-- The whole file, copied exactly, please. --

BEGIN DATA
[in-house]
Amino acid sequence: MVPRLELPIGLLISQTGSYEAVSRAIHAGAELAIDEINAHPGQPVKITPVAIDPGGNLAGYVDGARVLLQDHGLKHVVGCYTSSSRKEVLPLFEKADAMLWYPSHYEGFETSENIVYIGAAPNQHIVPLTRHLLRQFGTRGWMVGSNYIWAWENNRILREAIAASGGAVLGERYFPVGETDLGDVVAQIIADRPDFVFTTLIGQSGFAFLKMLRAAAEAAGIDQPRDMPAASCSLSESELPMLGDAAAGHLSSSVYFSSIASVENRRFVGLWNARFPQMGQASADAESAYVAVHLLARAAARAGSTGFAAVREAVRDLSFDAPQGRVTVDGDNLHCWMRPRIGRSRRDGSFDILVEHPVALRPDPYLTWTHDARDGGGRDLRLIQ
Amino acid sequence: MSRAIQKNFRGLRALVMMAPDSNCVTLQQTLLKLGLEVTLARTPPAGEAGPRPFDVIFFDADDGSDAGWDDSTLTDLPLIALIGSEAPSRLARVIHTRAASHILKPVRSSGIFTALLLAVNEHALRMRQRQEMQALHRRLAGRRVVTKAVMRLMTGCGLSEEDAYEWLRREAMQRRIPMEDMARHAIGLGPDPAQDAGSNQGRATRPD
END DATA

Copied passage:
[in-house]
Amino acid sequence: MVPRLELPIGLLISQTGSYEAVSRAIHAGAELAIDEINAHPGQPVKITPVAIDPGGNLAGYVDGARVLLQDHGLKHVVGCYTSSSRKEVLPLFEKADAMLWYPSHYEGFETSENIVYIGAAPNQHIVPLTRHLLRQFGTRGWMVGSNYIWAWENNRILREAIAASGGAVLGERYFPVGETDLGDVVAQIIADRPDFVFTTLIGQSGFAFLKMLRAAAEAAGIDQPRDMPAASCSLSESELPMLGDAAAGHLSSSVYFSSIASVENRRFVGLWNARFPQMGQASADAESAYVAVHLLARAAARAGSTGFAAVREAVRDLSFDAPQGRVTVDGDNLHCWMRPRIGRSRRDGSFDILVEHPVALRPDPYLTWTHDARDGGGRDLRLIQ
Amino acid sequence: MSRAIQKNFRGLRALVMMAPDSNCVTLQQTLLKLGLEVTLARTPPAGEAGPRPFDVIFFDADDGSDAGWDDSTLTDLPLIALIGSEAPSRLARVIHTRAASHILKPVRSSGIFTALLLAVNEHALRMRQRQEMQALHRRLAGRRVVTKAVMRLMTGCGLSEEDAYEWLRREAMQRRIPMEDMARHAIGLGPDPAQDAGSNQGRATRPD